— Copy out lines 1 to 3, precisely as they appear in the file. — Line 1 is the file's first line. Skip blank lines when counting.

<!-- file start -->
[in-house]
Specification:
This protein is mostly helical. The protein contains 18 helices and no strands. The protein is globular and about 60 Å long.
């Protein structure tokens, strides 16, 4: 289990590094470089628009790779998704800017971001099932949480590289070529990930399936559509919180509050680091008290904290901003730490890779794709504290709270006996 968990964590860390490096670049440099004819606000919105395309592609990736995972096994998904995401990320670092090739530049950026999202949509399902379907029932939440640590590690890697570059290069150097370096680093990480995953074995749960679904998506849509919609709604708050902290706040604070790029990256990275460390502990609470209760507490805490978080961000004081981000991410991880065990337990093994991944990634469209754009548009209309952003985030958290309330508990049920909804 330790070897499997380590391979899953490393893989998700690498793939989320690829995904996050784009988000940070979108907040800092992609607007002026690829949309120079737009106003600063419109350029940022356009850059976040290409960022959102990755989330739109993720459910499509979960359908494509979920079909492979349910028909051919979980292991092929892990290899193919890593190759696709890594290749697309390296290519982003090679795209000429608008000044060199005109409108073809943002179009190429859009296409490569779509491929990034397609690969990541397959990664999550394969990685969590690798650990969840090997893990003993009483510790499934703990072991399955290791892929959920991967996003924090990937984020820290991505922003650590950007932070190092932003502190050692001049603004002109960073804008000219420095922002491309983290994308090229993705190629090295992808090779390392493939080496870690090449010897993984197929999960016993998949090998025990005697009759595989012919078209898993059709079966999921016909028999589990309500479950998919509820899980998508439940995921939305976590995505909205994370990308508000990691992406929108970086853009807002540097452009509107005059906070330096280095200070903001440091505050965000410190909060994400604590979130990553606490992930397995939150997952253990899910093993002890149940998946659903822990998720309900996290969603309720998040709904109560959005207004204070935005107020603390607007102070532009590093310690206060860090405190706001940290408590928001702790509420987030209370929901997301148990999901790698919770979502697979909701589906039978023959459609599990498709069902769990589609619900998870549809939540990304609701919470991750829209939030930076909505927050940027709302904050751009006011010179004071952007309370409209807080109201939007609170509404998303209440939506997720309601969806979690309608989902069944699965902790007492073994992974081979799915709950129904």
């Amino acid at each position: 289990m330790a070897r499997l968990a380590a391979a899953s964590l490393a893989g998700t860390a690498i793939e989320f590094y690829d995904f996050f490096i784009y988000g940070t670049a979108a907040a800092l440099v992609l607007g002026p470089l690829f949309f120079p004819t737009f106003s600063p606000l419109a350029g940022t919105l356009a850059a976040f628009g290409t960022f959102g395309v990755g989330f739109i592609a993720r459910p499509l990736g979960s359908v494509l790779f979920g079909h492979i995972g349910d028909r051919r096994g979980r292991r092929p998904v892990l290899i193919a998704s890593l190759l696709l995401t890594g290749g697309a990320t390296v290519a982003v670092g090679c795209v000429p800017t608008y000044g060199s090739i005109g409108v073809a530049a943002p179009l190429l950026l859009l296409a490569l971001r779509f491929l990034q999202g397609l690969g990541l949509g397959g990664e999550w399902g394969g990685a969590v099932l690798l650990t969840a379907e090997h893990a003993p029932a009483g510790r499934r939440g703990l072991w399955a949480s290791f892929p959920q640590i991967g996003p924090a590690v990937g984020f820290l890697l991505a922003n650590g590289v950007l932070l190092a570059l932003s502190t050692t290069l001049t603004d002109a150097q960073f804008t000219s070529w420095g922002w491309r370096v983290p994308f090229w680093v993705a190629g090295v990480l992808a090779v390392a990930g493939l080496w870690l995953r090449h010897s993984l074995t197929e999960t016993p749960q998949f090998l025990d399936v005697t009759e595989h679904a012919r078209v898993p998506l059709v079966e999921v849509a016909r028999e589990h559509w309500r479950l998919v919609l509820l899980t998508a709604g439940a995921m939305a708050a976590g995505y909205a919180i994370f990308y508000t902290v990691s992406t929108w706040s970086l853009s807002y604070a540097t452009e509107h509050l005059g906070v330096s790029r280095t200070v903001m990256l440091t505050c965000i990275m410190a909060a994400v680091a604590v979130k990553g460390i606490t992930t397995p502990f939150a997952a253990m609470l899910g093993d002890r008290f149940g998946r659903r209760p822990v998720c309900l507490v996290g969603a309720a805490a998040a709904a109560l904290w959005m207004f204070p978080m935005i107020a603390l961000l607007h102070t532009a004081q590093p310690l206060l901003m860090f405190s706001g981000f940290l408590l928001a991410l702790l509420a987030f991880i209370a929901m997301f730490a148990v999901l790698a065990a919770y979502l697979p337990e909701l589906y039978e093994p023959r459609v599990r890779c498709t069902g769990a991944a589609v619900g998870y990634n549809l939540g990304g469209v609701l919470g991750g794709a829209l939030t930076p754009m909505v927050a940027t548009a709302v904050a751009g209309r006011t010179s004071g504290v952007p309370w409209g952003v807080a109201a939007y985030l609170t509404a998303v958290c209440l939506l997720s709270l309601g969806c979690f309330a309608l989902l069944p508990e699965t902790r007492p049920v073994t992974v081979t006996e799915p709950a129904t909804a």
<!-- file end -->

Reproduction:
[in-house]
Specification:
This protein is mostly helical. The protein contains 18 helices and no strands. The protein is globular and about 60 Å long.